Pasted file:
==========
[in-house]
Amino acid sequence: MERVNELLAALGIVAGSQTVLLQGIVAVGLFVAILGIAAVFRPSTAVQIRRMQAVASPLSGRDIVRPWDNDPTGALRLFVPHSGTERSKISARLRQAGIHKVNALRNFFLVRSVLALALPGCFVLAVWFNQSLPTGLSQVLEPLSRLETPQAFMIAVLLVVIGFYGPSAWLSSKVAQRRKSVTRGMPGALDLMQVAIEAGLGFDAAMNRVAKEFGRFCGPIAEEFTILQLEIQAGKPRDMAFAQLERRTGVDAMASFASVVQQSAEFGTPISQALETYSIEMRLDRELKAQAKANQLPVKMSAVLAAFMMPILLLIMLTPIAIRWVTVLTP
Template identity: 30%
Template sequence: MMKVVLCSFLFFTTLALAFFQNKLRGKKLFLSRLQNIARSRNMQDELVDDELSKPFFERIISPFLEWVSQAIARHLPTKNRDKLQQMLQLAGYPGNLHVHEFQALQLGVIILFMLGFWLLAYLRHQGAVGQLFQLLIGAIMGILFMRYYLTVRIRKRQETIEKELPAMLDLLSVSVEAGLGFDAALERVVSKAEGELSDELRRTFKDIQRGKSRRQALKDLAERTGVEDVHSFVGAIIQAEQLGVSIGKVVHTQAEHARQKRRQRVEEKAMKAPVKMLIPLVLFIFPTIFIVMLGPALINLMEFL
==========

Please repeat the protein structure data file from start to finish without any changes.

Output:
[in-house]
Amino acid sequence: MERVNELLAALGIVAGSQTVLLQGIVAVGLFVAILGIAAVFRPSTAVQIRRMQAVASPLSGRDIVRPWDNDPTGALRLFVPHSGTERSKISARLRQAGIHKVNALRNFFLVRSVLALALPGCFVLAVWFNQSLPTGLSQVLEPLSRLETPQAFMIAVLLVVIGFYGPSAWLSSKVAQRRKSVTRGMPGALDLMQVAIEAGLGFDAAMNRVAKEFGRFCGPIAEEFTILQLEIQAGKPRDMAFAQLERRTGVDAMASFASVVQQSAEFGTPISQALETYSIEMRLDRELKAQAKANQLPVKMSAVLAAFMMPILLLIMLTPIAIRWVTVLTP
Template identity: 30%
Template sequence: MMKVVLCSFLFFTTLALAFFQNKLRGKKLFLSRLQNIARSRNMQDELVDDELSKPFFERIISPFLEWVSQAIARHLPTKNRDKLQQMLQLAGYPGNLHVHEFQALQLGVIILFMLGFWLLAYLRHQGAVGQLFQLLIGAIMGILFMRYYLTVRIRKRQETIEKELPAMLDLLSVSVEAGLGFDAALERVVSKAEGELSDELRRTFKDIQRGKSRRQALKDLAERTGVEDVHSFVGAIIQAEQLGVSIGKVVHTQAEHARQKRRQRVEEKAMKAPVKMLIPLVLFIFPTIFIVMLGPALINLMEFL